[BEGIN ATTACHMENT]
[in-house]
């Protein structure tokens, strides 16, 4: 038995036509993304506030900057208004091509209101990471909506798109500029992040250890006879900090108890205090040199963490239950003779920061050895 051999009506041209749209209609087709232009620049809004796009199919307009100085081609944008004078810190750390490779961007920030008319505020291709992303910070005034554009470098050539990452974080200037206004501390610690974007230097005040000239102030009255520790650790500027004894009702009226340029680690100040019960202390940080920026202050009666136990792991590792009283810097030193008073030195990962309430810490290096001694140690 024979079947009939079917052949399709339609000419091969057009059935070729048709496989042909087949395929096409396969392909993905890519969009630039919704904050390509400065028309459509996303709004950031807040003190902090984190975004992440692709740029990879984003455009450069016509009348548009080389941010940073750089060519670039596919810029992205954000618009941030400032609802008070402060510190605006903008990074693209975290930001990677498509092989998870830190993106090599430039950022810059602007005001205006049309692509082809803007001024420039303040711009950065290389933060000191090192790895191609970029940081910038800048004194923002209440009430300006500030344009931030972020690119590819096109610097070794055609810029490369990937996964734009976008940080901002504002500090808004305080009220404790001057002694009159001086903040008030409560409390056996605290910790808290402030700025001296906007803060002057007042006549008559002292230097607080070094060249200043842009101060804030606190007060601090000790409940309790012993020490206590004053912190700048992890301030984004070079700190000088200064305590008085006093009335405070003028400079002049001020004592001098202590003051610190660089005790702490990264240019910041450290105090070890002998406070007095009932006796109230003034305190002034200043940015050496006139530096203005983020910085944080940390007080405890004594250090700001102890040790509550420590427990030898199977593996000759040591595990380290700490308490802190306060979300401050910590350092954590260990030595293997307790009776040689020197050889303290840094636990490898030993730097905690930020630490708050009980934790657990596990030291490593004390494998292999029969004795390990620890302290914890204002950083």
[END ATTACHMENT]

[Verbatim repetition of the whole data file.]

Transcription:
[in-house]
């Protein structure tokens, strides 16, 4: 038995036509993304506030900057208004091509209101990471909506798109500029992040250890006879900090108890205090040199963490239950003779920061050895 051999009506041209749209209609087709232009620049809004796009199919307009100085081609944008004078810190750390490779961007920030008319505020291709992303910070005034554009470098050539990452974080200037206004501390610690974007230097005040000239102030009255520790650790500027004894009702009226340029680690100040019960202390940080920026202050009666136990792991590792009283810097030193008073030195990962309430810490290096001694140690 024979079947009939079917052949399709339609000419091969057009059935070729048709496989042909087949395929096409396969392909993905890519969009630039919704904050390509400065028309459509996303709004950031807040003190902090984190975004992440692709740029990879984003455009450069016509009348548009080389941010940073750089060519670039596919810029992205954000618009941030400032609802008070402060510190605006903008990074693209975290930001990677498509092989998870830190993106090599430039950022810059602007005001205006049309692509082809803007001024420039303040711009950065290389933060000191090192790895191609970029940081910038800048004194923002209440009430300006500030344009931030972020690119590819096109610097070794055609810029490369990937996964734009976008940080901002504002500090808004305080009220404790001057002694009159001086903040008030409560409390056996605290910790808290402030700025001296906007803060002057007042006549008559002292230097607080070094060249200043842009101060804030606190007060601090000790409940309790012993020490206590004053912190700048992890301030984004070079700190000088200064305590008085006093009335405070003028400079002049001020004592001098202590003051610190660089005790702490990264240019910041450290105090070890002998406070007095009932006796109230003034305190002034200043940015050496006139530096203005983020910085944080940390007080405890004594250090700001102890040790509550420590427990030898199977593996000759040591595990380290700490308490802190306060979300401050910590350092954590260990030595293997307790009776040689020197050889303290840094636990490898030993730097905690930020630490708050009980934790657990596990030291490593004390494998292999029969004795390990620890302290914890204002950083």